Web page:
With the dramatic increase in military size through the period, the political etiquette of force also bears examination. Expectations of behaviour -- both within and without one's own borders -- changed as a result of scale through this period. An examination of the enforcement of policies on looting, foraging, and behaviour to the civilian populace within occupied territory (whether domestic, foreign or colonial) offer insight into how the idea of the civilised army developed.

The potential for social advancement through this adoption of military etiquette and fierceness ought not be underestimated. Within the paradigm of the early modern army -- unnecessarily regimented and overly uniform, by previous standards -- the ability to follow commands and execute orders became more valued than personal feats of military prowess. As more and more men from the lower classes were integrated into the structure of the new army, the concept of rank became superimposed over the existing social differences -- early modern tactics depended more on the ability of its soldiers to work together as a cohesive unit, than as an exemplary group of individuals working to distinguish themselves. The military became at once less personal, and more social -- and, just as the currency of early modern warfare became adaptability and position, so too did the currency of the men within the military become the reputation they carried with each other, and their ability to correctly establish and defend their place within the internal order.

Many of the concepts developed within the military structure filtered out to the general population. The the demographic shift in social class within the military through the early modern period suggests that the potential for social advancement was not overlooked. Furthermore, the integration of military manners and etiquette into civilian life allowed for a blurring of the lines between the noblesse de robe and the noblesse d'epee that would not otherwise have been possible.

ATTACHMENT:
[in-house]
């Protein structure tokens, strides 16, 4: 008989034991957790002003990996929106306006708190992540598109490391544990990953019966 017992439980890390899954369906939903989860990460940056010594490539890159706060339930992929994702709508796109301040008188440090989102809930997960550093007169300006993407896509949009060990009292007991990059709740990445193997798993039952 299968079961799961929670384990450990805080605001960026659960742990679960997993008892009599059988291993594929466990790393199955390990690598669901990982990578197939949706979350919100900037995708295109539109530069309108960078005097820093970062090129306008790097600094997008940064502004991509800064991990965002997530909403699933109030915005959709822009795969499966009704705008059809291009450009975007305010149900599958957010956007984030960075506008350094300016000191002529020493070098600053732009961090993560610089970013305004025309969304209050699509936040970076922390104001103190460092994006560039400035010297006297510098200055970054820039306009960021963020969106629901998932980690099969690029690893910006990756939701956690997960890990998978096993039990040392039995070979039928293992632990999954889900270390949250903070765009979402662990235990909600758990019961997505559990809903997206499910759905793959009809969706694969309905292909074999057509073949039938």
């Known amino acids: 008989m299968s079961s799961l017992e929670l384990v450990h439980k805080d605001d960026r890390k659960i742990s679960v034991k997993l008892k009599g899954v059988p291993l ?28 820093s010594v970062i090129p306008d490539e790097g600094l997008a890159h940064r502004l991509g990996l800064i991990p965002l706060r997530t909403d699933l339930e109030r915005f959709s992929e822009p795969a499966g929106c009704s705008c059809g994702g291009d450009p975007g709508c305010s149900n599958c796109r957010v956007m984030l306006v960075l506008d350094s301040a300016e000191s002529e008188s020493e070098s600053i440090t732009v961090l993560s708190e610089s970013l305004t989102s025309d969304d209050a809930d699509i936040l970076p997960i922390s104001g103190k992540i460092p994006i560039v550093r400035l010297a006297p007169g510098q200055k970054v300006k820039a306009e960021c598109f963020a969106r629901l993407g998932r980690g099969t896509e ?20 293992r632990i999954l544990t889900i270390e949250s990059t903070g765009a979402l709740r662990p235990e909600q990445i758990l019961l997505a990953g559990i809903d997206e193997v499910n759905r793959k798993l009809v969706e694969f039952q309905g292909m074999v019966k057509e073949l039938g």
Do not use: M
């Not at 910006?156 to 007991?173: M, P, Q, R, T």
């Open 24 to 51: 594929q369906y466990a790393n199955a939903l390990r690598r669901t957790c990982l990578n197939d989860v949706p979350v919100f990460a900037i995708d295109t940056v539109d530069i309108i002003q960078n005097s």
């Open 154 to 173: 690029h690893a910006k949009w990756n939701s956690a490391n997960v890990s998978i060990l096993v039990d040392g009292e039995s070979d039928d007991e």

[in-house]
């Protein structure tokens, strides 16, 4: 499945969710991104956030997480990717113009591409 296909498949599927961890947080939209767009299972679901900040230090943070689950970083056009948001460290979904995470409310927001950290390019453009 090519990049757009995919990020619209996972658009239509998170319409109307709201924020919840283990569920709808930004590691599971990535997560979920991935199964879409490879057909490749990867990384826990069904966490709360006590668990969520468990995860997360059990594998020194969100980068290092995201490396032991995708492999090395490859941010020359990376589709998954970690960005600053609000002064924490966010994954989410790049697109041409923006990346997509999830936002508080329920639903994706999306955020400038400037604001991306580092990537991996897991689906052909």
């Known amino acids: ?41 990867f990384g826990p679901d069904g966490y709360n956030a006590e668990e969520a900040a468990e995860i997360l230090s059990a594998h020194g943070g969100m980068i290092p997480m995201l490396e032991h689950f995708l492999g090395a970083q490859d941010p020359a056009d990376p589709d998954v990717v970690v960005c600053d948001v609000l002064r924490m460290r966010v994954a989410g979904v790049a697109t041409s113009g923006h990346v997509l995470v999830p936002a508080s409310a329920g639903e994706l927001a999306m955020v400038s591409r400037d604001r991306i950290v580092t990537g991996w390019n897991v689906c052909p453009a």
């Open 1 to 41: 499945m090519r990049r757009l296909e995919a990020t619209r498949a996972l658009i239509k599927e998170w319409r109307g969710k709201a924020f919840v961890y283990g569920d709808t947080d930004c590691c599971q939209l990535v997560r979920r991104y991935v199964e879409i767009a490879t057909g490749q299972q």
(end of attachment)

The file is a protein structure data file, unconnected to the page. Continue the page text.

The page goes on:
The Duel

The duel is the classic example of formalised personal violence. Very specific rules and expectations evolved through this time period, serving to elevated the act of personal revenge and murder to a ritualised, socially admired convention. Furthermore, despite numerous initiatives to ban (or at least limit) the pervasiveness of duelling became ingrained in French culture and identity through the period.

But why France? The social destructiveness of duelling was certainly recognised by many French polititians and philosophers through the period, yet it persisted long after the practice fell out of favour and acceptance elsewhere in the world. Attributing this phenomenon to something as wooly as national character and, as Sir Arthur Conan Doyle would put it, the "blend of the many high-spirited nations which go to make up the French people" seems a bit lacking. The argument that the duel as a social expression of masculinity might well account for its acceptance, but certainly not the longevity or raging popularity it enjoyed in France long after expiring elsewhere.

Francis I - Henry IV? Investigate.

overview, but as a political form of violence -- military structure as personal/social -- integrate notes here

Crime and Punishment

not done but will likely be about :

  • assassination and murder
  • executions
  • domestic violence/rape
  • civil violence
  • change in the notion of blood as washing away sin/guilt -- a negation of any charge
  • affirmations of the courts for crimes of a husband against wife, lover or mistress

Gender roles/expectation (August 25, 2008)